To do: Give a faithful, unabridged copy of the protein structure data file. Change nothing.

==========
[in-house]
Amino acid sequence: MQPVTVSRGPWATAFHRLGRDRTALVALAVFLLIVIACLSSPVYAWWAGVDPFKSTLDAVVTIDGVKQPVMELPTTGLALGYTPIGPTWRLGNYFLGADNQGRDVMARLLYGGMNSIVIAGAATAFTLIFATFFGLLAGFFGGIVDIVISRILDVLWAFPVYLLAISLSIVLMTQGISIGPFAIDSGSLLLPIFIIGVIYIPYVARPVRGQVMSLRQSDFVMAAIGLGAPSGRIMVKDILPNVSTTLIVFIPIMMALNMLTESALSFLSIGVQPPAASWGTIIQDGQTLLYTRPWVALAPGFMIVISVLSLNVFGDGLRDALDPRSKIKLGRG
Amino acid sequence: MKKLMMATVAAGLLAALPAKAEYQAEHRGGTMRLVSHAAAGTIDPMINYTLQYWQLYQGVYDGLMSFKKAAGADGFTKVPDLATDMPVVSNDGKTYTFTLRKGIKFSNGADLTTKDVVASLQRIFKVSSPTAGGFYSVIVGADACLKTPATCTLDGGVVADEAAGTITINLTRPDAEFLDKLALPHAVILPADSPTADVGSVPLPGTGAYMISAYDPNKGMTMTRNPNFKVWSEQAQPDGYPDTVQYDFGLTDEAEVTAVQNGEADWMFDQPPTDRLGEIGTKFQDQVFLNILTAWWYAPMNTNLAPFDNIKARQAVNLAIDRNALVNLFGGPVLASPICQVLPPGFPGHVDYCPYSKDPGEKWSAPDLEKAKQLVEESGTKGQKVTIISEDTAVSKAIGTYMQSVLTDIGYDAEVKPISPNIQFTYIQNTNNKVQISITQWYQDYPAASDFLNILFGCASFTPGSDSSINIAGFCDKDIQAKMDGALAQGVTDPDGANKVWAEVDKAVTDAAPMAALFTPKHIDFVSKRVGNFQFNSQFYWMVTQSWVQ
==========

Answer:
[in-house]
Amino acid sequence: MQPVTVSRGPWATAFHRLGRDRTALVALAVFLLIVIACLSSPVYAWWAGVDPFKSTLDAVVTIDGVKQPVMELPTTGLALGYTPIGPTWRLGNYFLGADNQGRDVMARLLYGGMNSIVIAGAATAFTLIFATFFGLLAGFFGGIVDIVISRILDVLWAFPVYLLAISLSIVLMTQGISIGPFAIDSGSLLLPIFIIGVIYIPYVARPVRGQVMSLRQSDFVMAAIGLGAPSGRIMVKDILPNVSTTLIVFIPIMMALNMLTESALSFLSIGVQPPAASWGTIIQDGQTLLYTRPWVALAPGFMIVISVLSLNVFGDGLRDALDPRSKIKLGRG
Amino acid sequence: MKKLMMATVAAGLLAALPAKAEYQAEHRGGTMRLVSHAAAGTIDPMINYTLQYWQLYQGVYDGLMSFKKAAGADGFTKVPDLATDMPVVSNDGKTYTFTLRKGIKFSNGADLTTKDVVASLQRIFKVSSPTAGGFYSVIVGADACLKTPATCTLDGGVVADEAAGTITINLTRPDAEFLDKLALPHAVILPADSPTADVGSVPLPGTGAYMISAYDPNKGMTMTRNPNFKVWSEQAQPDGYPDTVQYDFGLTDEAEVTAVQNGEADWMFDQPPTDRLGEIGTKFQDQVFLNILTAWWYAPMNTNLAPFDNIKARQAVNLAIDRNALVNLFGGPVLASPICQVLPPGFPGHVDYCPYSKDPGEKWSAPDLEKAKQLVEESGTKGQKVTIISEDTAVSKAIGTYMQSVLTDIGYDAEVKPISPNIQFTYIQNTNNKVQISITQWYQDYPAASDFLNILFGCASFTPGSDSSINIAGFCDKDIQAKMDGALAQGVTDPDGANKVWAEVDKAVTDAAPMAALFTPKHIDFVSKRVGNFQFNSQFYWMVTQSWVQ